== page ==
Prosper Marketplace Inc., the peer-to-peer lender that until last year was struggling to stay in business amid investor lawsuits and regulatory burdens, is now valued at $650 million, according to a person with knowledge of the company.
Prosper said today that it raised $70 million from Francisco Partners, Institutional Venture Partners and Phenomen Ventures. The funding includes $50 million to the company and $20 million for early investors, said the person, who asked not to be identified because the terms haven’t been disclosed.
Investors are piling into peer-to-peer lending, a business that lets consumers get online loans that are funded by other individuals as well as non-bank financial firms. LendingClub Corp., Prosper’s larger rival, raised $65 million last month at a $3.75 billion valuation, while Social Finance Inc. (SoFi), which refinances student loans, reeled in $80 million.
Executives from Prosper, LendingClub and SoFi are speaking today at the second annual LendIt Conference in San Francisco, where all three firms are based.
Like LendingClub, Prosper issues loans for three to five years of as much as $35,000 for debt consolidation, home repairs and vacations, among other things. The company will originate more than $1 billion in loans this year, topping the total amount it had issued in its history from 2005 through 2013, said Chief Executive Officer Aaron Vermut.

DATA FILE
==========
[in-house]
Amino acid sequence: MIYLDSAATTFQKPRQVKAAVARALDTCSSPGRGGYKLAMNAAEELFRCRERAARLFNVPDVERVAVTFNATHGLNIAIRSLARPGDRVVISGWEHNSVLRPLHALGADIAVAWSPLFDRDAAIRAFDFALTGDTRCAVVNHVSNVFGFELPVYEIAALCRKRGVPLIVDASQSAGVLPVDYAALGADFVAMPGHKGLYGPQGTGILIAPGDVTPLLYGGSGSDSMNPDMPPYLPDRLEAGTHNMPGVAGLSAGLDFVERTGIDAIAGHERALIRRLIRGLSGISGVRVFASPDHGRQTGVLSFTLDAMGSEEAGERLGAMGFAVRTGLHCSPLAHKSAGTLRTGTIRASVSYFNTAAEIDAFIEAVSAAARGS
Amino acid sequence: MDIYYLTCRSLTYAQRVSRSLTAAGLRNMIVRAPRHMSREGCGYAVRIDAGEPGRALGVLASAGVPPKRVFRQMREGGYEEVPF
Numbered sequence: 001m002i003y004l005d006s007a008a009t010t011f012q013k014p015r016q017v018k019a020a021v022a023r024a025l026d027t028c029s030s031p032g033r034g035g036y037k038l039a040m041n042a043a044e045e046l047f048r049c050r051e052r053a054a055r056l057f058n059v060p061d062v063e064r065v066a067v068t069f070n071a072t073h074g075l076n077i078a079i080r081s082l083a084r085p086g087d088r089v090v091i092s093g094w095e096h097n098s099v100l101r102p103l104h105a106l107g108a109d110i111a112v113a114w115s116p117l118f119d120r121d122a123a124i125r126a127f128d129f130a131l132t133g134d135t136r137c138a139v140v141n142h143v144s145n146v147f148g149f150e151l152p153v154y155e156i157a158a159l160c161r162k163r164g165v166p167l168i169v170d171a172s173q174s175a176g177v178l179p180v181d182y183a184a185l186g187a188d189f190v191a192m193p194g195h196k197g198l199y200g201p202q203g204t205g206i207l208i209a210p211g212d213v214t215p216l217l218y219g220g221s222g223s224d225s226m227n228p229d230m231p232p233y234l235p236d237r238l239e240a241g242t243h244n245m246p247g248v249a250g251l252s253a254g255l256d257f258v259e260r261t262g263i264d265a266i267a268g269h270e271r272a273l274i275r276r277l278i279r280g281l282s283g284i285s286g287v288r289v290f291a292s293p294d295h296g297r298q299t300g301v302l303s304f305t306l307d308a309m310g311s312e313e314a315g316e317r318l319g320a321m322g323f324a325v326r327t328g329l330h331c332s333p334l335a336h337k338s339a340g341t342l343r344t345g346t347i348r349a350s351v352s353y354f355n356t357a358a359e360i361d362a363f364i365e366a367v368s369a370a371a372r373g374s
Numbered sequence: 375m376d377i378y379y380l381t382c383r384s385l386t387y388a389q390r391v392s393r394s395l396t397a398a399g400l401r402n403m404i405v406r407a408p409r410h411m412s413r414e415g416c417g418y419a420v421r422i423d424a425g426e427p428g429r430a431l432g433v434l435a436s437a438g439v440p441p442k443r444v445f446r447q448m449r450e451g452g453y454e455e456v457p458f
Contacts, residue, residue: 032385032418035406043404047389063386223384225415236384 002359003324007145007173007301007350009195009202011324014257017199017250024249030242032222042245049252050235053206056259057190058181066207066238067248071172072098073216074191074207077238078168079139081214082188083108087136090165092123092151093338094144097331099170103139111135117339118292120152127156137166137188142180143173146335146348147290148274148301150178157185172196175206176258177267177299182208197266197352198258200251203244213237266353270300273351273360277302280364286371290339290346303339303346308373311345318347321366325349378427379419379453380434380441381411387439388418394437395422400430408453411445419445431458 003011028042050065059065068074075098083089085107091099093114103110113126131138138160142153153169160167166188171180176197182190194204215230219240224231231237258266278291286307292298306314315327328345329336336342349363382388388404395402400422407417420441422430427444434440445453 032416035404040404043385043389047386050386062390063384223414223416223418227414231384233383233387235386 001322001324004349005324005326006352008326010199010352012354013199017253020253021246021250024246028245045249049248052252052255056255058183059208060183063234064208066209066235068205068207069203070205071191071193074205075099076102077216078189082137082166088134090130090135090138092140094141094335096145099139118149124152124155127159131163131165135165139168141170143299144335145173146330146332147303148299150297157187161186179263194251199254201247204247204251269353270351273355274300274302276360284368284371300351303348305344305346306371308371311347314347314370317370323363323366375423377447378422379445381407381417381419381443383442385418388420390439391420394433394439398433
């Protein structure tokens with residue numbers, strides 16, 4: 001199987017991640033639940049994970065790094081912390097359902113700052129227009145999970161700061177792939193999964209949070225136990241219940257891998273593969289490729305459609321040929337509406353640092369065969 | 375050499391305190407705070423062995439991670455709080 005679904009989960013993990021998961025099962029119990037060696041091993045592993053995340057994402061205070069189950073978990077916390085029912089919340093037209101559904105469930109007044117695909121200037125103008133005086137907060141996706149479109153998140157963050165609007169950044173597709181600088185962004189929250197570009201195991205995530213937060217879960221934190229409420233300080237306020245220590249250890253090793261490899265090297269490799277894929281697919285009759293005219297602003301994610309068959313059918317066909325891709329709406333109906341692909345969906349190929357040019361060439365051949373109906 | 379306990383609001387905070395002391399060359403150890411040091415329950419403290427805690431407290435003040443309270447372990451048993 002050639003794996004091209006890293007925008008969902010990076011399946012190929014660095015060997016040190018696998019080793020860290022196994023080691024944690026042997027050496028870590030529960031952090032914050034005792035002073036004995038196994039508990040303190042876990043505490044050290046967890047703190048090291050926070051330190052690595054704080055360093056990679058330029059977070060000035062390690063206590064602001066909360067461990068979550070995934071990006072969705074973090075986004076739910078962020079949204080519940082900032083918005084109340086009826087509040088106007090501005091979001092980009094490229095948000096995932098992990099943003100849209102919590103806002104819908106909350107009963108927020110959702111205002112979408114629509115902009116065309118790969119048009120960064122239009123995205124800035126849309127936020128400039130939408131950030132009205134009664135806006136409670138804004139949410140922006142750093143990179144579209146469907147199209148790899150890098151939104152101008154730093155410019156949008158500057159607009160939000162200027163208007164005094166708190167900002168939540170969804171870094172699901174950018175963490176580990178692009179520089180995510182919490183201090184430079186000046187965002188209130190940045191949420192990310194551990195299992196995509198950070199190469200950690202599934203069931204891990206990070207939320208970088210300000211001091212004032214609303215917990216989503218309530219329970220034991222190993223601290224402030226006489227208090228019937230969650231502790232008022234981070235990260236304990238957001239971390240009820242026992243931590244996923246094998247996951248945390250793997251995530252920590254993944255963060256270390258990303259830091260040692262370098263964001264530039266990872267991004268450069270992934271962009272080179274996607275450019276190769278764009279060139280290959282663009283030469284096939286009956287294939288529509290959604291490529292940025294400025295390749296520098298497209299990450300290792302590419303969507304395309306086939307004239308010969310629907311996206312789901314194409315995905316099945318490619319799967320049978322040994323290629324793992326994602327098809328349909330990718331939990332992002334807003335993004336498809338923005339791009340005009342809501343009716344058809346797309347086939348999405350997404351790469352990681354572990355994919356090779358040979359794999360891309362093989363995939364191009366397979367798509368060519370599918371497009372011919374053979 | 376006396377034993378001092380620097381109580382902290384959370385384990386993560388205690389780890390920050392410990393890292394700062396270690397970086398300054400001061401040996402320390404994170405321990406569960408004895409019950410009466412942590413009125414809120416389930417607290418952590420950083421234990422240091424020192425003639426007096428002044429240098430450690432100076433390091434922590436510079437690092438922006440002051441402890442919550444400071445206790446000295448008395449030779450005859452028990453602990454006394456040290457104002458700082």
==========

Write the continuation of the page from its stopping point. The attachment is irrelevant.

“There’s a lot of enthusiasm and optimism around the space,” Vermut said in an interview. “This money is to be used for expansion and growth.”
In particular, the company expects to almost double its staff this year to 150, open a processing center for loan applications in Phoenix and expand in San Francisco, Vermut said.
Prosper generated $15.2 million in net revenue last year on $357.4 million of loan originations, compared with LendingClub’s $98 million in revenue on $2.06 billion of loans. The debt is purchased by retail and institutional investors on the companies’ websites.
Until 2013, Prosper was on a very different path. Founded in 2005, the company was the first U.S. peer-to-peer lender. In 2008, the service shut down and was sent a cease-and-desist letter by the U.S. Securities and Exchange Commission, alleging the company was selling unregistered securities.
By the time Prosper gained regulatory compliance, it had fallen behind LendingClub and was hampered by a class-action lawsuit from disgruntled investors.
Vermut, his father Stephan and Ron Suber took over the company in January 2013 and brought with them $20 million in funding from Sequoia Capital. Six months later, they settled the lawsuit, with Prosper agreeing to pay $10 million over a period of years.
The Vermuts and Suber, who previously sold a prime brokerage firm to Wells Fargo & Co., raised $25 million for Prosper in September at a valuation of about $100 million. BlackRock Inc. was among the investors. Last month, Prosper hired Macy Lee, the former chief financial officer of EBay Inc.’s Australia unit, as its CFO.